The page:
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Criminal history no longer on city applications

Thursday, July 24, 2014

The city of Martinsville has removed from its employment application a question on whether an applicant has been convicted of a crime out of concern that applicants who answer yes might face discrimination.

The effort is part of a statewide movement, City Manager Leon Towarnicki told Martinsville City Council on Tuesday.

Another sheet in the application packet still asks about criminal histories. Towarnicki said the sheet will be taken out of submitted packets before department heads conducting interviews see completed applications.

Despite concerns about people with criminal histories potentially facing discrimination when applying for jobs, Towarnicki indicated that the city sometimes needs to know whether applicants have been convicted.

An example he mentioned is if a person convicted of embezzlement were to apply for a position in the finance department.

“Obviously,” he said, “we still have an obligation (to residents) ... to put the best people in” positions that come open.

All applicants who are finalists for any city job undergo criminal background checks, according to Towarnicki and Mayor Kim Adkins.

But “at least up front,” Towarnicki said, the question on the application “can’t be used as a tool to unfairly discriminate” against some people.

Officials did not say whether anyone convicted of a crime could be hired for certain jobs or if they think any applicants actually have faced discrimination.

Also Tuesday, the council adopted a resolution for the city to continue using the National Incident Management System (NIMS) in handling emergencies.

NIMS allows federal, state and local governments to coordinate efforts in preventing, preparing for, responding to and recovering from emergencies effectively and efficiently, according to the resolution.

The system includes standard procedures for managing emergency workers, communications, facilities and resources, the resolution shows.

Basically, “it’s a chain of command thing,” said Councilman Mark Stroud, a former Martinsville Sheriff’s Office deputy. But “it makes sense.”

Bob Phillips, the city’s emergency management coordinator, said he did not realize until recently that the resolution is supposed to be adopted annually.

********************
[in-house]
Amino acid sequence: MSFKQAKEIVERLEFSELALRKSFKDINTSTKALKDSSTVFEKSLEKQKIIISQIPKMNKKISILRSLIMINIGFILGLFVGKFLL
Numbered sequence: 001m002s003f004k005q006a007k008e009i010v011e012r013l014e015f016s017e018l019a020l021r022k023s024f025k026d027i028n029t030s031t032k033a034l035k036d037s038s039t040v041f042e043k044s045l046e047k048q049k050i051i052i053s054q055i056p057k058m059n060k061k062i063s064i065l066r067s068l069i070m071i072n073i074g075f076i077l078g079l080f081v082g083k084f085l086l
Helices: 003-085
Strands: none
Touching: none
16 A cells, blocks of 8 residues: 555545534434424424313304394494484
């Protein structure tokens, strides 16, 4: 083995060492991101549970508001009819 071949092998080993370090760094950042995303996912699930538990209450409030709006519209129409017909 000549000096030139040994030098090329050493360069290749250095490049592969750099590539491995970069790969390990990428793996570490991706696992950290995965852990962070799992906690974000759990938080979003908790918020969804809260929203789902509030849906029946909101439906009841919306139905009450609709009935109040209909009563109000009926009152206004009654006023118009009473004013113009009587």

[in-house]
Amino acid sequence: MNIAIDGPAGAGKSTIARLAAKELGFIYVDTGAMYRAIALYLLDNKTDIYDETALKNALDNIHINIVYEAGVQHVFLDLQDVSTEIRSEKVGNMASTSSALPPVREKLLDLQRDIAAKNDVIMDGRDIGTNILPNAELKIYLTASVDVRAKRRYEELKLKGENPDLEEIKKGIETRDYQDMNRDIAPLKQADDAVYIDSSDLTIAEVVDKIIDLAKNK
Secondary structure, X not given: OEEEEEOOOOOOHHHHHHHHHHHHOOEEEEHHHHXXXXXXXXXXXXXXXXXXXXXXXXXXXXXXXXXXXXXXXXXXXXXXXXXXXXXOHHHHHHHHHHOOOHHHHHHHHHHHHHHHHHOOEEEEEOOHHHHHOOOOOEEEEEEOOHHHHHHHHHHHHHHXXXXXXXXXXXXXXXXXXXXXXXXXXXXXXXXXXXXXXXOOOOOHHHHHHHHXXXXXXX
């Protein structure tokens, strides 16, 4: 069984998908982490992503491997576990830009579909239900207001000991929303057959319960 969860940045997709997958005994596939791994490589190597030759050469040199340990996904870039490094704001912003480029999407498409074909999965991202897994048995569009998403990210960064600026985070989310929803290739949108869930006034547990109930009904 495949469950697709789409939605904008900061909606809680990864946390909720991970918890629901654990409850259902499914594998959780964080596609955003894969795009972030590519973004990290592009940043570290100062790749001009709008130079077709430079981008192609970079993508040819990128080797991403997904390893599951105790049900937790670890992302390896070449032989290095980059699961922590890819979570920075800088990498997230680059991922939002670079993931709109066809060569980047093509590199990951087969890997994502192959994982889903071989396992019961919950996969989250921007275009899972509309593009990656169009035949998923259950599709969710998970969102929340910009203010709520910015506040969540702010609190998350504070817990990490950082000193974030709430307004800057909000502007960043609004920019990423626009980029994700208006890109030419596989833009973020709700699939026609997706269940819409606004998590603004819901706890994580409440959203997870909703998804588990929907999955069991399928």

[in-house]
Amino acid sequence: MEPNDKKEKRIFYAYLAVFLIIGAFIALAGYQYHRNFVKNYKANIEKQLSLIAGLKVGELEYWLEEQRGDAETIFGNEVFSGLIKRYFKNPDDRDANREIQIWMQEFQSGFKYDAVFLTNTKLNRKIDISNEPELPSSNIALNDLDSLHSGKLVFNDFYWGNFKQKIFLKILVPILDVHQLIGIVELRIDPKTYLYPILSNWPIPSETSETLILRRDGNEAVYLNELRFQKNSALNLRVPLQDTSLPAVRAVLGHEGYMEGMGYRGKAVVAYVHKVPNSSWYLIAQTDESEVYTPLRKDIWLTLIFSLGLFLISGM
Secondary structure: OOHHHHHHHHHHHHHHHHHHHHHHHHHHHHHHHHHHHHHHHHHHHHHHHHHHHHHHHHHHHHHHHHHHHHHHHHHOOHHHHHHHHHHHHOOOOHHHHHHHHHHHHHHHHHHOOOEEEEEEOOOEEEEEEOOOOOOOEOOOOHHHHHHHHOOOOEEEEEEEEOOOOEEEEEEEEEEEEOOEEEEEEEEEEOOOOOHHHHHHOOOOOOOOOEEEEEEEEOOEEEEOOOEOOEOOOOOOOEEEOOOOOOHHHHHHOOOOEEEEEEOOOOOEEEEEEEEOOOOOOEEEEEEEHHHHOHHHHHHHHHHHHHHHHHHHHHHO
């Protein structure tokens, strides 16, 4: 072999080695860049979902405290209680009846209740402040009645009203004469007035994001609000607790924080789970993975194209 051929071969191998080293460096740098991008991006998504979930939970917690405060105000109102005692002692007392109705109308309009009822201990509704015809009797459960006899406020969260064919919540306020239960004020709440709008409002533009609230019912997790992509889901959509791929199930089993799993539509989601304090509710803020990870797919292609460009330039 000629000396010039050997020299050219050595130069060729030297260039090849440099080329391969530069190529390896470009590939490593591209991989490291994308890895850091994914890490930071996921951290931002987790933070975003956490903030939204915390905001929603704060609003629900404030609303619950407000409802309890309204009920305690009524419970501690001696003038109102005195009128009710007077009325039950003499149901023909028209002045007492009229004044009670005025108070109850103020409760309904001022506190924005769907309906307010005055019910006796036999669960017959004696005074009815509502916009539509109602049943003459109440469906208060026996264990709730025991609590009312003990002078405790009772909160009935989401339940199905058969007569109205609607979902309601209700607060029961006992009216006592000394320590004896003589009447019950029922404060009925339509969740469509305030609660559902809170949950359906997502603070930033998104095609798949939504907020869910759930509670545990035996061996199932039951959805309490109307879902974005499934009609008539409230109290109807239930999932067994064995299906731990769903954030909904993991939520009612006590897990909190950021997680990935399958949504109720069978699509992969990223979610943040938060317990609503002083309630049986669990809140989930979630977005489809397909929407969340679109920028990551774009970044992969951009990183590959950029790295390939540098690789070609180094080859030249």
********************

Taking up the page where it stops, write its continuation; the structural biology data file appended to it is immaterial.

It must be adopted yearly to maintain Martinsville’s eligibility for any federal funds made available for emergency services, he said.

The council also scheduled neighborhood meetings for the coming months.

Neighborhood meetings give city residents a chance to talk to the council about issues in areas where they live. Because the meetings are less formal and not on television, unlike meetings held at the municipal building, some people feel more comfortable speaking during them, officials have said.

Meetings will be held at 7:30 p.m. on the following schedule:

• Sept. 22 at the New College Institute’s new building on the Baldwin Block. The meeting’s focus will be the Druid Hills and uptown areas.

• Nov. 24 at Fuller Memorial Baptist Church on Askin Street. The meeting’s focus will be the southside area.

• Feb. 23 at Chatham Heights Baptist Church on Chatham Road. The meeting’s focus will be the northside and Chatham Heights areas.

• April 27 at Albert Harris Elementary School on Smith Road. The meeting’s focus will be the city’s west side.

Although neighborhood meetings focus on specific areas, they are open to anyone, regardless of where they live in Martinsville.

Councilwoman Sharon Brooks Hodge said Fayette Square, a small park that recently was created at the corner of Fayette and Moss streets uptown, is a “really nice enhancement” to the central business district.

Fayette Square contains five picnic tables and attached seats, as well as 15 wooden planters containing shrubs.

The park, and a similar one created just up Fayette Street, give the street “places to stop and be” instead of the street being a place that just takes people somewhere else, Hodge said.

Also during the meeting, the council learned that:

• City officials are considering removing traffic lights at the intersection of Fayette and Moss. Instead of the lights, stop signs would be installed in each direction, Towarnicki said.

With the opening of the New College Institute building nearby and a medical school in development at the intersection, eventually “there’s going to be a lot of foot traffic” that will cause motorists to stop when needed, he said.

Towarnicki said that while visiting Louisville, Ky., recently, he noticed four-way stops “are everywhere” in that city and “they work fantastic,” but it is “something folks (locally) would have to get used to.”

• Based on concerns expressed by uptown businesses, officials are studying placing time restrictions on streetside parking spaces in the district.

New development uptown is bringing more people there, creating more vehicle and pedestrian traffic, Towarnicki said.

Time restrictions would encourage frequent turnover of parking spaces instead of people parking in them “all day long,” he said.

• Officials also are considering opening the small portion of Bridge Street between Church and Main streets to two-way traffic.

It would improve circulation among vehicle traffic uptown, Towarnicki said.

• Stroud has agreed to serve on the board of Virginia First Cities, an organization representing interests of independent cities statewide.

 

 
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